Chris Clark is a recent graduate of Vassar College who moved to New York City after completing the Emigre Memorial German Internship Program (EMGIP) in Berlin. Born and raised in Los Angeles, Chris currently works in Times Square in the field of urban place management. Chris is also a political activist who is passionate about combating catastrophic climate change, wealth inequality and nationalism.

Our DAAD network is a vast and global net of connections between DAAD award winners, ambassadors, alumni, grant holders, future applicants – all united by their love for study and research abroad and all things German.

We asked Chris a few questions about his work and experience:

  1. What sparked your interest in Political Science and German Studies, and especially in studying abroad?

I grew up in a very politically engaged household, so I’ve always been interested in the way that powerful ideas can shape history. I came to German Studies after being interested in European history more generally. German-speakers have played a significant role in shaping European history—long before the existence of Germany as a nation—so learning German seemed like an opportunity to unlock a more robust understanding of European history. The more I learned about German language, history and culture, the more my emphasis shifted from Europe more generally to the German-speaking countries. Once I’d made the decision to study German, I knew that I’d want to study abroad to improve my language skills and learn more about the culture.

  1. What are you currently working on?

I’m working for a nonprofit in New York City that’s responsible for managing Times Square – keeping the neighborhood safe and clean while cultivating authentic options for the (eternally skeptical) local crowd. Outside of the office, I volunteer on a local decision-making body for the midtown district in Manhattan and have been agitating as an activist with the Democratic Socialists of America.

  1. What was the most challenging experience in studying and living abroad in Germany?

Managing the bureaucracy was definitely the most challenging experience of living abroad. Kafka really knew what he was talking about in The Trial!

  1. What was the most ‘German’ experience you had while in Germany?

I saw Nena perform 99 Luftballons in front of the Brandenburg Gate on German Unity Day*; that was a quintessentially German experience that I don’t think I’ll ever be able to top!

  1. What advice would you give to students who are thinking of choosing your field of study, particularly those considering an experience abroad?

Try to learn about a wide range of contexts and perspectives, and ask yourself: what haven’t I been taught yet? Especially in the field of political science, it can be tough to identify your own blind spots. Going abroad is an excellent starting point for addressing this, but it’s not enough on its own; it takes constant, active work before your internalized barriers fall and you can really hear other people’s experiences and perspectives.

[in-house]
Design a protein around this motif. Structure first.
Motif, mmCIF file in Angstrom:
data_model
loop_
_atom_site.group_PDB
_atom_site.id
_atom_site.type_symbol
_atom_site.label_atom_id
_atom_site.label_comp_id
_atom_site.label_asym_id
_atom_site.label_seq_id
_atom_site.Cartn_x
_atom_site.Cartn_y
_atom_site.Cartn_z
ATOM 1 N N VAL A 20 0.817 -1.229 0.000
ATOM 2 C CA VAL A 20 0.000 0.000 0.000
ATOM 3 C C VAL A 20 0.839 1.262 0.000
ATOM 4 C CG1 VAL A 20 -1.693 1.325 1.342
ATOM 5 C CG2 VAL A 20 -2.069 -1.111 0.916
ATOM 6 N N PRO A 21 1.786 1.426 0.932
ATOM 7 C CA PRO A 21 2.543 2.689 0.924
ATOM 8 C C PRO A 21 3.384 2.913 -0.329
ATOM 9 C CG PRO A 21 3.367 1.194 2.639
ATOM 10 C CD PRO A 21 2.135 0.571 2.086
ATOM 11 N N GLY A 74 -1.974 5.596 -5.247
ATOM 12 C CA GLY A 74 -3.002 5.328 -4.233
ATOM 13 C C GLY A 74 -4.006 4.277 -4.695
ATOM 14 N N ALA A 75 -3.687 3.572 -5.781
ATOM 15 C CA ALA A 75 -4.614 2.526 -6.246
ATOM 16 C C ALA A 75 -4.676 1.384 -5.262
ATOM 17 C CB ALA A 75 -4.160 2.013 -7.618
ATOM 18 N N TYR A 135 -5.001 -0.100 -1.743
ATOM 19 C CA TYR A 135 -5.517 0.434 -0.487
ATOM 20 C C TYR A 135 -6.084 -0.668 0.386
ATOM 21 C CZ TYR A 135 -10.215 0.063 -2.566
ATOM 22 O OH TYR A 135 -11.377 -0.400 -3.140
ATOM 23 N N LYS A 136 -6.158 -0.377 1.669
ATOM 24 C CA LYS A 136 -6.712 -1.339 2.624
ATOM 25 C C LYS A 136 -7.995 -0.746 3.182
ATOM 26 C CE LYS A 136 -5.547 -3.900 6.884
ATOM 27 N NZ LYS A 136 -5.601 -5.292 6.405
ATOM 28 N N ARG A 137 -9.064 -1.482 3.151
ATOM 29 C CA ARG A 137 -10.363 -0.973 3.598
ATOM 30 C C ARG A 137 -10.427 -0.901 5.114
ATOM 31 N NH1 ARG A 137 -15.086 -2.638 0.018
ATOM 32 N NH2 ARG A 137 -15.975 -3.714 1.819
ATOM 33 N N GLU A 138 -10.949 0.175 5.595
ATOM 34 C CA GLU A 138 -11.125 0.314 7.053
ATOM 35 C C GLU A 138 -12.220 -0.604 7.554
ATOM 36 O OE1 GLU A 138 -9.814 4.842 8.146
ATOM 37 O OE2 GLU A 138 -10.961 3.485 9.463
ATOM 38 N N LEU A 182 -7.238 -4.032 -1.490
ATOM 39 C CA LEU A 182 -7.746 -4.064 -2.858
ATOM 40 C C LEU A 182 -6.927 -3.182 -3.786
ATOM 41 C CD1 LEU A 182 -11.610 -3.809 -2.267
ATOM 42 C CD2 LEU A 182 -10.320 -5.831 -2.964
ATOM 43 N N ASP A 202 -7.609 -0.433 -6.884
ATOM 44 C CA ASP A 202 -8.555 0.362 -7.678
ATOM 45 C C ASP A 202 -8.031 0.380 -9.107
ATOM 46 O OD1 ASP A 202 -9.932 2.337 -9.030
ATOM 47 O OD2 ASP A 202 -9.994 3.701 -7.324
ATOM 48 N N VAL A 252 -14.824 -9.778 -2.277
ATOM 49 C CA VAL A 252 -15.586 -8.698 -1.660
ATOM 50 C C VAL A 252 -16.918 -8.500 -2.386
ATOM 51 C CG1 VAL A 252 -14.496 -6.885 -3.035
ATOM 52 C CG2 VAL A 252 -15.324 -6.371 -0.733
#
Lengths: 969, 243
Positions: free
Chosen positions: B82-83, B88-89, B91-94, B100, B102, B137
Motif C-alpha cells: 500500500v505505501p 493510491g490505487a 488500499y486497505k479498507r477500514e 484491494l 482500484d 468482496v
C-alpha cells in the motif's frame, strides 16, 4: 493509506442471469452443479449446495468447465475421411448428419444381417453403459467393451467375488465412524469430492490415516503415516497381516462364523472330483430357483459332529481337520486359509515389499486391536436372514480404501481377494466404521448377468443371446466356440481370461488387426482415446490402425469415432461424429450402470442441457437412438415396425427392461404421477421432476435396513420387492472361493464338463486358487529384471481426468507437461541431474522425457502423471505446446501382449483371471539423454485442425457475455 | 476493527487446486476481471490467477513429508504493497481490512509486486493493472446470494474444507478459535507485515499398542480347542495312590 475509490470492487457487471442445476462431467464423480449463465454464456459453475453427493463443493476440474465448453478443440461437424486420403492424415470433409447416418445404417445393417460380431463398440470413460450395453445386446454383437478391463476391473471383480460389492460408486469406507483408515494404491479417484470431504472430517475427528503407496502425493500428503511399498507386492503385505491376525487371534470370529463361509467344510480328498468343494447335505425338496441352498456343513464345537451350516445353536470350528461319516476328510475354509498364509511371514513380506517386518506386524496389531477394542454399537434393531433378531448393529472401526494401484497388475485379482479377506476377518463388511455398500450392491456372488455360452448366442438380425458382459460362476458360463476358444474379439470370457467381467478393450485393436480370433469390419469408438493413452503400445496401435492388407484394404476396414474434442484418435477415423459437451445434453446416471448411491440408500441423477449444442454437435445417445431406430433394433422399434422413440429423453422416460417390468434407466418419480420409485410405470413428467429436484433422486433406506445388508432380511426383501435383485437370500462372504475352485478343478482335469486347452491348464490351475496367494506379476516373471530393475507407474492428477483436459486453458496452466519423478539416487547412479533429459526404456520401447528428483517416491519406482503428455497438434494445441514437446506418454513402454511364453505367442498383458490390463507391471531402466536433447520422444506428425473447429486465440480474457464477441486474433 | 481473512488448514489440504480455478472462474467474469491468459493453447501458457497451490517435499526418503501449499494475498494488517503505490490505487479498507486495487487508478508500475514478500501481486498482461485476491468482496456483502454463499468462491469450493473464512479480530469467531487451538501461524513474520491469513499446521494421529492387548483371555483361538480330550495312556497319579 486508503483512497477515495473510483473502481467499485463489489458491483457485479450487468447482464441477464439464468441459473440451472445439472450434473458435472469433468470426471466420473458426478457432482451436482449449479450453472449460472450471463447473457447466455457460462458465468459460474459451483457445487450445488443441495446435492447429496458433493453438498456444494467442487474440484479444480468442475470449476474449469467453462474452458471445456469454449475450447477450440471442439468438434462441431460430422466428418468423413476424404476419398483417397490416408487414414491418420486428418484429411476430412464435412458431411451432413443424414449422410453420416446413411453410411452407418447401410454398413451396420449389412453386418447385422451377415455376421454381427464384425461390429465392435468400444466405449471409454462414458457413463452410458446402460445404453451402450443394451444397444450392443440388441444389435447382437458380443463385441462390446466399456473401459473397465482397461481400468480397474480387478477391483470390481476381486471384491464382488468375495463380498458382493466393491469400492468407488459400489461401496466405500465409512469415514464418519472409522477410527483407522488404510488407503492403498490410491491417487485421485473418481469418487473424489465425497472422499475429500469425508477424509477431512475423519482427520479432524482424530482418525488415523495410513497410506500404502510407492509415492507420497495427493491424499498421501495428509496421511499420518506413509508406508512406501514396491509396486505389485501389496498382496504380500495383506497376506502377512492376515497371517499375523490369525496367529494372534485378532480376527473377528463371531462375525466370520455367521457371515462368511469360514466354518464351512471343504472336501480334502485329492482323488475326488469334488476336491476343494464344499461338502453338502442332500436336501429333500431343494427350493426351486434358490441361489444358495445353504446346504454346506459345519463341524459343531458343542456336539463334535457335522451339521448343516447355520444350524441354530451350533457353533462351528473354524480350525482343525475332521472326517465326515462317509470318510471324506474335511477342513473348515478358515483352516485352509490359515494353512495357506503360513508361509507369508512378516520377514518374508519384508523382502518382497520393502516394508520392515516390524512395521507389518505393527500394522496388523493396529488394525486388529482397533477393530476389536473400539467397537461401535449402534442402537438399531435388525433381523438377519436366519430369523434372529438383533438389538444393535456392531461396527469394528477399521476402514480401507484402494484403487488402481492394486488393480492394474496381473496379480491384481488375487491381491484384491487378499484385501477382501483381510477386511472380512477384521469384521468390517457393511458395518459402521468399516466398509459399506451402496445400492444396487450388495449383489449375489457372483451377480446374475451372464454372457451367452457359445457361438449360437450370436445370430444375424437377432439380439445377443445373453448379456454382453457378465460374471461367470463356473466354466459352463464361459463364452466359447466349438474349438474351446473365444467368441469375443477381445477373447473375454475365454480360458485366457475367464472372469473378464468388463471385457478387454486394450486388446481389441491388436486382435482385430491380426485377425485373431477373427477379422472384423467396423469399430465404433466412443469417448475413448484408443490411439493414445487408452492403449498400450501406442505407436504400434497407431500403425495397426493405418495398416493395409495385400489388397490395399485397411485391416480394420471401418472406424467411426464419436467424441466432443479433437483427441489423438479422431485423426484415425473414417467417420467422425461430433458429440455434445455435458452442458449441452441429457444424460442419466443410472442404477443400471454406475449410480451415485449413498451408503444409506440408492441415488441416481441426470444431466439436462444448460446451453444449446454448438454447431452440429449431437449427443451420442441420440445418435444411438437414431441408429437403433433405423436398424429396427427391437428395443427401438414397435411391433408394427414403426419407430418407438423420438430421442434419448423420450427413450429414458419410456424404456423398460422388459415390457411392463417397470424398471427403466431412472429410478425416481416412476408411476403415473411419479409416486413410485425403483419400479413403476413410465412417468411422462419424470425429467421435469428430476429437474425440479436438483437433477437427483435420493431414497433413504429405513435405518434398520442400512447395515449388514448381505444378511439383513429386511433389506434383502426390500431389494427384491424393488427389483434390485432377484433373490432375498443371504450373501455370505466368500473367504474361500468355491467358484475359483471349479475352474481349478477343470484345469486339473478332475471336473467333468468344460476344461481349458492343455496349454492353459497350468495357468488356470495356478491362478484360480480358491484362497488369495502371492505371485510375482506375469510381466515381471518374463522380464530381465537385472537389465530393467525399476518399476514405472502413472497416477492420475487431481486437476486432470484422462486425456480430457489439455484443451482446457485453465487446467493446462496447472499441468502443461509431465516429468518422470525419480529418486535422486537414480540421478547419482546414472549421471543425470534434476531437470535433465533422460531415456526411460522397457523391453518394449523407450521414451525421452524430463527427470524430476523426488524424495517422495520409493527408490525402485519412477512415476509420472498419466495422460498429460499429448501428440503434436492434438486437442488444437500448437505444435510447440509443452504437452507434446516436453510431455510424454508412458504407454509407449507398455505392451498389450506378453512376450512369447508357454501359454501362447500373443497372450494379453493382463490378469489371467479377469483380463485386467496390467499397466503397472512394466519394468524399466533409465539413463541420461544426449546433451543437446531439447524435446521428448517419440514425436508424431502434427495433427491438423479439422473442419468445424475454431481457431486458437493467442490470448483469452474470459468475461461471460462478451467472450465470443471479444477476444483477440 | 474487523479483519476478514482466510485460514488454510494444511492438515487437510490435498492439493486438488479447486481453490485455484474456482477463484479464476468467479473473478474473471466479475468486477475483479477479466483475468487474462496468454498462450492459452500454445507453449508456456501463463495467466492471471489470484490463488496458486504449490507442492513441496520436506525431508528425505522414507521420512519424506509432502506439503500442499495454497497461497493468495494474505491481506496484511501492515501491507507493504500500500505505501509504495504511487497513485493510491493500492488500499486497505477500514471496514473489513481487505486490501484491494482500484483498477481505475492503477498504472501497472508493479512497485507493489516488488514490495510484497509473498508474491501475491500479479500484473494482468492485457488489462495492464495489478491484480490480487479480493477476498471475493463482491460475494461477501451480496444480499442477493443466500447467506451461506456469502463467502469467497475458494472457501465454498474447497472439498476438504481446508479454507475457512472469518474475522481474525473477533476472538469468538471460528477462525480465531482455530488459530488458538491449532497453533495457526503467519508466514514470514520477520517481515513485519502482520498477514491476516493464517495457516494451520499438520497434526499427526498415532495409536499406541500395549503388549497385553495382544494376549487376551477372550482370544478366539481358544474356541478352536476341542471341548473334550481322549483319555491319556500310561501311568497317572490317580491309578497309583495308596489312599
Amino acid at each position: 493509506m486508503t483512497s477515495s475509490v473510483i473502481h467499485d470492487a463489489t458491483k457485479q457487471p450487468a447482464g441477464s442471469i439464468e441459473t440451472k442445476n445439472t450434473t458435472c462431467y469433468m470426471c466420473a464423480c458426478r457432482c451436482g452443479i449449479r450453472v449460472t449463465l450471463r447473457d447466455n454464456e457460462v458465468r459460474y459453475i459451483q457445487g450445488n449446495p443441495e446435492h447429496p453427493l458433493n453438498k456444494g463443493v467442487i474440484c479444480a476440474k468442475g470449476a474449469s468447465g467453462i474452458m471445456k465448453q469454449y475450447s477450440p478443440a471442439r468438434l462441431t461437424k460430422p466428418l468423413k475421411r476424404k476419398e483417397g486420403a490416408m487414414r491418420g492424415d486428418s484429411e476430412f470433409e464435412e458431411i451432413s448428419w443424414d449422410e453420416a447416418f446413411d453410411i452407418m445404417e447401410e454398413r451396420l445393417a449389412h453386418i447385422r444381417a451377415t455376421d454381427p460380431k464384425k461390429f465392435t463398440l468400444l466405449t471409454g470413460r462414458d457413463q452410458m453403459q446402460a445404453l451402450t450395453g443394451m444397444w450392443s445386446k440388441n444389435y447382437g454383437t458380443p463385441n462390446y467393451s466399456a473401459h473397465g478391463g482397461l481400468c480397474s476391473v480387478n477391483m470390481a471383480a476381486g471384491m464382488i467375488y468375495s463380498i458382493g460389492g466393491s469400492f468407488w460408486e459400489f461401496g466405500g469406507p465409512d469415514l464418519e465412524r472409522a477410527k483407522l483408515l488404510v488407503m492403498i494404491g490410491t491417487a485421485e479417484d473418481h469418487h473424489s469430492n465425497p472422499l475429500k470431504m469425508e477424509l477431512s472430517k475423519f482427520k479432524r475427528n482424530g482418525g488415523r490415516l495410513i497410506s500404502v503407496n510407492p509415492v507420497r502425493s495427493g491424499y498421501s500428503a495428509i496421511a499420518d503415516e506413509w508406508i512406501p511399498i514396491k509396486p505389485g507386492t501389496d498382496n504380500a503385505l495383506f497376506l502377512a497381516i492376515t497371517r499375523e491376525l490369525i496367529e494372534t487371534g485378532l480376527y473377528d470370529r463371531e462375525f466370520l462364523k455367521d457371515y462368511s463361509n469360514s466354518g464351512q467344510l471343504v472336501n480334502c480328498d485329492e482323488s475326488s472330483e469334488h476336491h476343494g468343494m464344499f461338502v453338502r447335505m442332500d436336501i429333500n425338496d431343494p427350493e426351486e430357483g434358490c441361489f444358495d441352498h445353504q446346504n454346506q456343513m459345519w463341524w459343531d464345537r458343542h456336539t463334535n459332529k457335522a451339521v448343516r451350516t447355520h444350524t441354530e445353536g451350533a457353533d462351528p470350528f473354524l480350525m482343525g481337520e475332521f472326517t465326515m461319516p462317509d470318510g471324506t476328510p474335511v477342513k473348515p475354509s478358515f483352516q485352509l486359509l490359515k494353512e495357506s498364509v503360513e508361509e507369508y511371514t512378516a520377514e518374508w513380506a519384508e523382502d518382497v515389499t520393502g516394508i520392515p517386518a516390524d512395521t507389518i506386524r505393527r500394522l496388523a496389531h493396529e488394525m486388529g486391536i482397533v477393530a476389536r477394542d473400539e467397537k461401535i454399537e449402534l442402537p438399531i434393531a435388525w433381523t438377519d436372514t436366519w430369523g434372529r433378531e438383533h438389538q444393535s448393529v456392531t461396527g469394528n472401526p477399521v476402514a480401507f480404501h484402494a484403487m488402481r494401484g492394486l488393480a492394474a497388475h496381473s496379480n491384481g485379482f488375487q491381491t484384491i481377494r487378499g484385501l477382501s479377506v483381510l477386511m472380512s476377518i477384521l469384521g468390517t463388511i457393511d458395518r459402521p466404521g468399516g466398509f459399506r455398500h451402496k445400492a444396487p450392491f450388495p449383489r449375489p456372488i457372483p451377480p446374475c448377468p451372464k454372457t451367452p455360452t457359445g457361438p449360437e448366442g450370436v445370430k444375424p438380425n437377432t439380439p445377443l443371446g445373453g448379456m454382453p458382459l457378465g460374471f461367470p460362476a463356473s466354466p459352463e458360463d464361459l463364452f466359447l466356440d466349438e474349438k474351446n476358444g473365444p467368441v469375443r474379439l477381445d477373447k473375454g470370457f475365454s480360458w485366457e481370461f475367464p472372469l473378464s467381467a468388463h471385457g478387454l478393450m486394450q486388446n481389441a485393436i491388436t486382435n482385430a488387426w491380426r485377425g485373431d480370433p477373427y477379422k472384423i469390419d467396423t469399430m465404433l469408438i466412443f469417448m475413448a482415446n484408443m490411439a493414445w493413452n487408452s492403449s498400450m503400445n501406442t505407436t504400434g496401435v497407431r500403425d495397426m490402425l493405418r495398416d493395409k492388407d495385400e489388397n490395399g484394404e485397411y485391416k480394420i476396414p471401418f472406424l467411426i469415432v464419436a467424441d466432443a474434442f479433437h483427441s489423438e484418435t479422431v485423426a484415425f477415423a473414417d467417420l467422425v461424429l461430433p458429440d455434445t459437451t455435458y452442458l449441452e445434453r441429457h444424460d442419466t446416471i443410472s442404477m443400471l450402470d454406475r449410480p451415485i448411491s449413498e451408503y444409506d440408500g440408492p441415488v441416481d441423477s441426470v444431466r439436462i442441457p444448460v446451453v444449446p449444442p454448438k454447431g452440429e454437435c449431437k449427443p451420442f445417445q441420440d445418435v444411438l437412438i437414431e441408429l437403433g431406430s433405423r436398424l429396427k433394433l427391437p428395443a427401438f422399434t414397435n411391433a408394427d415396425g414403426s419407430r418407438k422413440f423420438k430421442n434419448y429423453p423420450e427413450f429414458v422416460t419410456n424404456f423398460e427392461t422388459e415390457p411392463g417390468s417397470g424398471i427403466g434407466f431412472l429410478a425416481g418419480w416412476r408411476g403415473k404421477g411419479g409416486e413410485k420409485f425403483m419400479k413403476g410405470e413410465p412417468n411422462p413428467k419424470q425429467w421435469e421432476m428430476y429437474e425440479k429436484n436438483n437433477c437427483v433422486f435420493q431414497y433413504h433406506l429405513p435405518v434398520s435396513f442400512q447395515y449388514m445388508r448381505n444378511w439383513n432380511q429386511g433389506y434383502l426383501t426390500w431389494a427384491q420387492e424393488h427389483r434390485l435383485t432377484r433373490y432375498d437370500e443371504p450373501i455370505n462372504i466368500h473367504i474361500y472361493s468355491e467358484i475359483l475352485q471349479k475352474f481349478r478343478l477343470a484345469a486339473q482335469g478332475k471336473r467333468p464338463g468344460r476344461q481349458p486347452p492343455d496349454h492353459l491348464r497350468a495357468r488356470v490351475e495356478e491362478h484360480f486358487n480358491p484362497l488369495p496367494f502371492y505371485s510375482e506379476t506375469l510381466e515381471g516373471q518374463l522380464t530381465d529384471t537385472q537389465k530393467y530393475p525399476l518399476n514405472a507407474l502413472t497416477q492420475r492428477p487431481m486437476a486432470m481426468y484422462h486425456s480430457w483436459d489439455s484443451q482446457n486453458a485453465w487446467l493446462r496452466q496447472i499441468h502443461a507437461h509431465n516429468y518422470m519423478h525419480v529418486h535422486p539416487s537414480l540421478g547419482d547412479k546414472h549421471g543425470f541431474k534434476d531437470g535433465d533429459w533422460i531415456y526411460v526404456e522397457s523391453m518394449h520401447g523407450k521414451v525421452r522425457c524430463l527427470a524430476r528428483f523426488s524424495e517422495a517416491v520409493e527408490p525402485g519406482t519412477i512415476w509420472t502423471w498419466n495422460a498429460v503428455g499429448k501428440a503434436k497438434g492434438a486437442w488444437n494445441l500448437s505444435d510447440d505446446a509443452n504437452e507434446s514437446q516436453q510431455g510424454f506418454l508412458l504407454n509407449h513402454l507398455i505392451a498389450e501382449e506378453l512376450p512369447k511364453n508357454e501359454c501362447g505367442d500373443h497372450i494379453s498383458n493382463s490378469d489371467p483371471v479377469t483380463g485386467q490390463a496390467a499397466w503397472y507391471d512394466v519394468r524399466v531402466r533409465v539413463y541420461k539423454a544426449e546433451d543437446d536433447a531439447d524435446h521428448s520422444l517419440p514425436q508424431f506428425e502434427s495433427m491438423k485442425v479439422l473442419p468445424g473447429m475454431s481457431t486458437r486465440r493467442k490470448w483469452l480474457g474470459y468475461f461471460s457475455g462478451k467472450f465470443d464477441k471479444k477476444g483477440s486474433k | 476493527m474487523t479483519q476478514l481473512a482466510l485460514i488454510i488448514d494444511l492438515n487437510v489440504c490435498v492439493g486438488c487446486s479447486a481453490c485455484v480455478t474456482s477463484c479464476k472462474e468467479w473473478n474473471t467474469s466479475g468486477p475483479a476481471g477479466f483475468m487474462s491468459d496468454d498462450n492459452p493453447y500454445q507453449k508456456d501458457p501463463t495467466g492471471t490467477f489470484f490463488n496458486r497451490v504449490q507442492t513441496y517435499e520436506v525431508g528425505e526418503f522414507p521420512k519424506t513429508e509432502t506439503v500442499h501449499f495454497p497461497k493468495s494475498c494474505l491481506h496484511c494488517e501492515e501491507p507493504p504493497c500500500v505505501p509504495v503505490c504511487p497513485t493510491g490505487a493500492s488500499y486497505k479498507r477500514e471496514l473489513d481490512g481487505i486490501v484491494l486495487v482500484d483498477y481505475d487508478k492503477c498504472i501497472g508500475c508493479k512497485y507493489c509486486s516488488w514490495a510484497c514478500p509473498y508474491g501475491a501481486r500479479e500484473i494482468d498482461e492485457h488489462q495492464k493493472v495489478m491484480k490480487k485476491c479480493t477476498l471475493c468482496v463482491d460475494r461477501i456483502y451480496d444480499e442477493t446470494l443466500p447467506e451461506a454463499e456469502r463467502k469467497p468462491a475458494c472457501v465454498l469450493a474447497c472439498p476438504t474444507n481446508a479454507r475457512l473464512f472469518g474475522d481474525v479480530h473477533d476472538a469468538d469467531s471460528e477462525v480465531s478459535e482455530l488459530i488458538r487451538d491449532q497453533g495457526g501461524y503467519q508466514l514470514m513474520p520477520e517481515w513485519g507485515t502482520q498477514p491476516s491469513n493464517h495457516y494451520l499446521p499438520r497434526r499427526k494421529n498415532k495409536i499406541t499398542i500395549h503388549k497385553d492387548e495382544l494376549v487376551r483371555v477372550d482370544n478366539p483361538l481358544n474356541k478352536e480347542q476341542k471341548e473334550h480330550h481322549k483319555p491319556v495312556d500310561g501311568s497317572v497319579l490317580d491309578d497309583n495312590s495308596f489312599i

To put a finer point on it: if you primarily study Europe or America, start learning about the rest of the world from the people who actually live there. It won’t just make you a better citizen of the world; it’ll also force you to come to terms with how much you don’t yet know about world history. This will, in turn, help you identify the perspectives you’ve been missing.

  1. Which pictures, plants or unusual objects are there on your desk?

A beautiful but unlucky succulent was bequeathed to me by a departing coworker; it is slowly dying next to my desk, despite my best attempts at caretaking. Besides that, I’ve got some Times Square swag arrayed around my desk. Of these, my favorite has got to be the gag dollar bill that Snoop Dogg shot out of a dollar-bill gun during the New Year’s Eve concert ringing in 2019.

  1. Can you cook a German dish without a recipe? If so, which one?

At least 15% of my time in Berlin was spent ordering döner and obsessively watching its preparation. If given the chance—and the rotating cone of meat—I think I could throw together a halfway decent kebab without a recipe.

  1. Who has inspired you the most in your studies to date and why?

At the moment, my answer has to be Nathan J. Robinson, who is the editor-in-chief of the magazine Current Affairs. Robinson is a prolific and incisive author, but the feature that most inspires me is his humor. It is hard to write humorously, and it is especially hard to write humorously about deeply serious topics. Robinson goes above and beyond by writing humorously about deeply serious topics in a way that isn’t mean-spirited or reliant on snark for punchlines.

Editor’s note:
German Unity Day or Tag der deutschen Einheit is celebrated every year on October 3rd.

Learn more about the EMGIP-Bundestag Internship and our other DAAD Scholarships.